Joe Fairless: What’s a mistake you’ve made on a transaction?
Brian Hennessey: Oh, gosh, I’ve made a lot of mistakes on transactions.
Joe Fairless: Ditto.
Brian Hennessey: And that’s how the book Due Diligence Handbook For Commercial Real Estate came about, because I was making so many mistakes, I didn’t wanna reinvent the wheel. It’s like a pirate’s checklist – you wanna go through it and make sure that… You can’t possibly remember everything, so you wanna be able to go through and check them off as you’re going.
I guess, would you say — what’s the worst mistake I ever made? Was that the question?
Joe Fairless: Just any mistake you’ve made on a transaction that you can think of…
Brian Hennessey: A mistake – I assumed people were giving me good information when they weren’t, and I assumed that a seller would not ever do a thing that they said they wouldn’t do, and then they did it. So it really — I don’t wanna say it makes you jaded, it just makes you cautious… So I tell people, it’s okay to make mistakes, by the way; that’s how human beings learn, by trial and error, but you try to minimize it as much as possible.
Joe Fairless: What’s the best ever way you like to give back?
Brian Hennessey: The way I like to give back? I love talking to people about my experience, and investing in real estate, and doing due diligence. What I find is very gratifying is that people, when I give a talk, or I get e-mails or talks or calls from people that say “Thank you so much for sharing your information; you really saved me a lot of money and headaches and time… I really appreciate you sharing the information.” That to me is very gratifying and that’s what keeps me going.
Once in a while I get an e-mail from somebody that says “Oh my gosh, I learned so much. Thank you so much. It really saved me”, and I was like, “Wow, that’s great!” I love getting that. That’s probably why you love doing the podcast too, right?
Joe Fairless: Yeah, absolutely. There’s many reasons why I love doing the podcast, and that’s one of them. How can the Best Ever listeners get in touch with you?
Brian Hennessey: They can go to my website, ImpactCoachingSystems.com, or reach me at Brian@ImpactCoachingSystems.com. Also, I would highly recommend they get the due diligence handbook for commercial real estate on Amazon, because they will not just read it once and put it away; every time you do a transaction, you pull it out. The reason I know that is I do that, and a lot of people tell me they do that, and it’s because, like I mentioned before, it’s a checklist, and you wanna be able to go through the checklist. I still use it every time I do a transaction.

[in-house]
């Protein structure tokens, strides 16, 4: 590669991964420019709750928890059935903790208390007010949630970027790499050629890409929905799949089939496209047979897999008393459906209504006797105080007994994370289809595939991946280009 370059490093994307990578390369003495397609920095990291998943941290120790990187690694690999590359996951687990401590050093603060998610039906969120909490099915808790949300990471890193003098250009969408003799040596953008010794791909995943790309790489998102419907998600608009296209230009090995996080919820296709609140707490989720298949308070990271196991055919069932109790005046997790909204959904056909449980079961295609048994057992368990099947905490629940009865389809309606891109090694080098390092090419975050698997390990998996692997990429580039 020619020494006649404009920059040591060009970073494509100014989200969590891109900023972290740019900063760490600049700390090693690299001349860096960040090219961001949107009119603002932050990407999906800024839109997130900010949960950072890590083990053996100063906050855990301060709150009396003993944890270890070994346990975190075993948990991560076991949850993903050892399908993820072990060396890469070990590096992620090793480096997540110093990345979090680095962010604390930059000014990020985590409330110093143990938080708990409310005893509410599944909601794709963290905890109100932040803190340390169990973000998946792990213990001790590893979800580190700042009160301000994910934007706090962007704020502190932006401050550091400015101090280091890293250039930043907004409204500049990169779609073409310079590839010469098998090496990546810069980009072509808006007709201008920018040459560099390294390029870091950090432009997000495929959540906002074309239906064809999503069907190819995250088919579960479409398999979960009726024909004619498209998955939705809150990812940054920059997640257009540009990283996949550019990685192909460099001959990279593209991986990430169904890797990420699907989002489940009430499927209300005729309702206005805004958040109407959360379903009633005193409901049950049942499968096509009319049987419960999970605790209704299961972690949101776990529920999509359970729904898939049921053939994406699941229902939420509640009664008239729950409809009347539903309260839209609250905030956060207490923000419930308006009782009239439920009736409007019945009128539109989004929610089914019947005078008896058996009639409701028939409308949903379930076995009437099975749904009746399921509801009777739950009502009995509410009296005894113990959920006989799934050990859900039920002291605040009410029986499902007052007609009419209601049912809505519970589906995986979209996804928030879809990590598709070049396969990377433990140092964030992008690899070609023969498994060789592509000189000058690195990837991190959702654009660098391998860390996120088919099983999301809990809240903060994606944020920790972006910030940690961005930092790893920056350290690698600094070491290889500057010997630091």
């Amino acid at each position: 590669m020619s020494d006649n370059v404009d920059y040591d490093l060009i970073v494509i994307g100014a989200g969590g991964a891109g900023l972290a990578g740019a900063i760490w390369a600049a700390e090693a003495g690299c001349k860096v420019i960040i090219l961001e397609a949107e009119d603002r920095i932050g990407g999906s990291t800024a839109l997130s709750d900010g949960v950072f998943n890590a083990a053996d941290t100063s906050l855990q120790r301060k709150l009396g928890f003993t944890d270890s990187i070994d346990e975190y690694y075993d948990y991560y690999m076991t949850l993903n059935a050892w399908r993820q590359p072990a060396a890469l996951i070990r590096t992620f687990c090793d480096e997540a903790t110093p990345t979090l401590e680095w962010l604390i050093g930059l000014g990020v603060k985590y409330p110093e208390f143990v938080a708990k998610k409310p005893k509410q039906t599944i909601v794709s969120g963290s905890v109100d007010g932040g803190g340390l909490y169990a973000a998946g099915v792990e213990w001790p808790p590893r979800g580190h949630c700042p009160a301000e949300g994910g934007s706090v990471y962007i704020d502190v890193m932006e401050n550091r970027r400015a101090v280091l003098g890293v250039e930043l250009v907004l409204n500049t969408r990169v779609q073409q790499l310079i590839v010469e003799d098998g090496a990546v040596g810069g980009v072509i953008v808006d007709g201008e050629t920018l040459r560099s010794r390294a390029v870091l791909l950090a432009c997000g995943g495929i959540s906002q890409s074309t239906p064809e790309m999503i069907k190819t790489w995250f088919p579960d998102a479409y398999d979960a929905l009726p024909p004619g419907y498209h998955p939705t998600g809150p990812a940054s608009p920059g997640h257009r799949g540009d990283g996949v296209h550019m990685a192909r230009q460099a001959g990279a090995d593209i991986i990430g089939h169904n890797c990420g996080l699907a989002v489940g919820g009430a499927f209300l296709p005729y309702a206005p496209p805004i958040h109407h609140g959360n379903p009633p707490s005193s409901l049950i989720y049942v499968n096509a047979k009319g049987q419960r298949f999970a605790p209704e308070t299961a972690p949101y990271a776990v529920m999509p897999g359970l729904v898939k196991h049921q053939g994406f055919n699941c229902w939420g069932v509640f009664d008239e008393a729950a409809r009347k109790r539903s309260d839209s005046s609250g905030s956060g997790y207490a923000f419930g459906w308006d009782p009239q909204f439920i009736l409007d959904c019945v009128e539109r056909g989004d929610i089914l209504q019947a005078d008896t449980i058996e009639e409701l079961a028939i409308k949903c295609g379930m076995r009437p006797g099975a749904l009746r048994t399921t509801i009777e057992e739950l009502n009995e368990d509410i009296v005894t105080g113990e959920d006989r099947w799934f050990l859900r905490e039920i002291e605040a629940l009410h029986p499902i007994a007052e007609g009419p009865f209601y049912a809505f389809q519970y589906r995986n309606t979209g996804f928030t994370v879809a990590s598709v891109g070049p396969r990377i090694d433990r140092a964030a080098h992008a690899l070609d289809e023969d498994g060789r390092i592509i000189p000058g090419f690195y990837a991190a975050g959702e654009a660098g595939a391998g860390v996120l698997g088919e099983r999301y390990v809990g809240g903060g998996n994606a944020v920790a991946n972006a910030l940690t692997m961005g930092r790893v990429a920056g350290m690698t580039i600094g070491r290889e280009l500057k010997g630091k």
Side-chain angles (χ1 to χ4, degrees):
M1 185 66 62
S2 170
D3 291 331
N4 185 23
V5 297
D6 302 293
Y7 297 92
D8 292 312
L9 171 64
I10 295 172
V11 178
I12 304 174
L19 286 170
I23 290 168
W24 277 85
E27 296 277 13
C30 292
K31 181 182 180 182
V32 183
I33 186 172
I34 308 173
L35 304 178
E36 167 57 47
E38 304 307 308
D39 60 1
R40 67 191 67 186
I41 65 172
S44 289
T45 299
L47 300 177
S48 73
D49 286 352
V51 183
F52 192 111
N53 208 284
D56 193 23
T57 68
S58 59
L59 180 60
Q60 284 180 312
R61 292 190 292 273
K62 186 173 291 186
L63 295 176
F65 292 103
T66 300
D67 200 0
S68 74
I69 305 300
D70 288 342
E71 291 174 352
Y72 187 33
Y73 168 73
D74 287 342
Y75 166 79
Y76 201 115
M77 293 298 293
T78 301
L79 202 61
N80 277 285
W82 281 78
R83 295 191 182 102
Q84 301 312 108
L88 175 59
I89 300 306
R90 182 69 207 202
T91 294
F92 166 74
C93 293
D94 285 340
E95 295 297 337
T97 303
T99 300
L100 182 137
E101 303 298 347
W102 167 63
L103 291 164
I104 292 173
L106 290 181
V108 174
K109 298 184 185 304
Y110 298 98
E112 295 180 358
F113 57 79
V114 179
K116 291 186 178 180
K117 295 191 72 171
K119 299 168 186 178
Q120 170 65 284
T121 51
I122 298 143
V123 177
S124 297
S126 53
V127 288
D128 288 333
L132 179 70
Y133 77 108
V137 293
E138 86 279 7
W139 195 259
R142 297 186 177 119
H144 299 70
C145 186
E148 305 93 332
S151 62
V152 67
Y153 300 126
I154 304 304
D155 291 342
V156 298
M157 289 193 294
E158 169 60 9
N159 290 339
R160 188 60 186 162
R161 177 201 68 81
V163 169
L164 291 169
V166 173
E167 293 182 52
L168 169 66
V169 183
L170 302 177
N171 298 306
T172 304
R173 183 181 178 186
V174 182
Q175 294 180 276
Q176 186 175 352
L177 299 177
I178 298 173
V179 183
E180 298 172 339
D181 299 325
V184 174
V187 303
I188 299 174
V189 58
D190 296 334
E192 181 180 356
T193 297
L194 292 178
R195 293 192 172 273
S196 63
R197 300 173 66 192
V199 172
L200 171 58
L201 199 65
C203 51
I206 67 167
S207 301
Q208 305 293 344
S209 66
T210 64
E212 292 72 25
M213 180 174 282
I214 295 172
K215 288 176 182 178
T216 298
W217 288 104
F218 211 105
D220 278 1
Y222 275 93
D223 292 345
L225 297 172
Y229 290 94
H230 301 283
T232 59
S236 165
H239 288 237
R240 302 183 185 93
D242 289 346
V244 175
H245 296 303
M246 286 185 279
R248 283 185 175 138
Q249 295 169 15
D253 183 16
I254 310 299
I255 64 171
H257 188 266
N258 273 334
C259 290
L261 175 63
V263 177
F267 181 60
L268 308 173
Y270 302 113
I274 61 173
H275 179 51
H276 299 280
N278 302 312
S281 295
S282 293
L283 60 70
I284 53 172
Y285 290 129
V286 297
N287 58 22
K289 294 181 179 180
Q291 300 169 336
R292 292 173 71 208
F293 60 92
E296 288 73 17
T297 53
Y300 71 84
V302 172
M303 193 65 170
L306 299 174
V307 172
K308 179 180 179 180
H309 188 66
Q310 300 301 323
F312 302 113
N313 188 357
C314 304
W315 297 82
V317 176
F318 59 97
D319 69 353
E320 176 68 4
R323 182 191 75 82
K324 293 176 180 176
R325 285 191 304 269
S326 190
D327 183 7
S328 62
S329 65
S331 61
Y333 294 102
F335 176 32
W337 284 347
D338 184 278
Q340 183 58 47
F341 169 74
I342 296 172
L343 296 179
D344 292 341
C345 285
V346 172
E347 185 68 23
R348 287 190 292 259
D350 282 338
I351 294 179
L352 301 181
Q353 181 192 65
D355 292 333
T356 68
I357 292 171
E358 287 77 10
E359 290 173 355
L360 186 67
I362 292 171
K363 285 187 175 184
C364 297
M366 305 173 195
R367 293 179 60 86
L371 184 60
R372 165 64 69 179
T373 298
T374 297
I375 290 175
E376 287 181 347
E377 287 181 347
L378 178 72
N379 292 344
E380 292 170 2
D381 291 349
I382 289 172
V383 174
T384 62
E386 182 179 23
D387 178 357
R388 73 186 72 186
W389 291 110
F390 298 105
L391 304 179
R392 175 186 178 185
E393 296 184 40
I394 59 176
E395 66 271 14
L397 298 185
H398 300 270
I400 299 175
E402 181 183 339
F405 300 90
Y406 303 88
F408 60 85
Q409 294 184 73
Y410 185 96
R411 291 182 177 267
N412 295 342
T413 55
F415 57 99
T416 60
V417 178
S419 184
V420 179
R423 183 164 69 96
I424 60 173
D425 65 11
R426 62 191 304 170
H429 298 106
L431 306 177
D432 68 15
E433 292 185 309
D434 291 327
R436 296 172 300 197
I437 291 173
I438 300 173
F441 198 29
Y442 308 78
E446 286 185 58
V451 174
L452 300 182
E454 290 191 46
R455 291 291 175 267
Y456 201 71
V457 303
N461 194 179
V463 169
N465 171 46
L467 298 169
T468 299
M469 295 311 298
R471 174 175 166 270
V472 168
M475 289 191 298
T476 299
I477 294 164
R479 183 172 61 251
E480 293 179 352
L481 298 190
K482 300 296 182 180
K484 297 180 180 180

Then in the “How To Add Value For Commercial Real Estate” I talk about all the different ways that you can create value with your commercial real estate investments.
Joe Fairless: I really enjoyed our conversation, especially since I’ve read your book, the Due Diligence Handbook For Commercial Real Estate, and that’s why I wanted you to be on the show, because of so much value that’s in the book, so I highly recommend getting that book, number one.
Number two, thanks for taking us through that list of six mistakes a lot of investors make in the due diligence process. Number one, not valuing the property correctly. Two, not understanding your lender’s underwriting requirements; I gave a specific example of that that I’ve recently experienced. Three, going up to the planning department and not confirming the building codes are in compliance, so you should confirm that the building codes are in compliance and anything that you need to be concerned about in the future – for example, you gave the sprinkler example.
Number four – any issues with the tenant leases, make sure that’s resolved. Five, get things in e-mail (sometimes we don’t) so that we can prove if we need to, in a court of law, that that transpired. And six, some people let the appraisal process go on autopilot – don’t do that. I love the story that you provided as evidence.
Thanks for being on the show. I hope you have a best ever day, and we’ll talk to you soon.
Brian Hennessey: Thanks so much, Joe. I really appreciate you inviting me on. I enjoyed it immensely.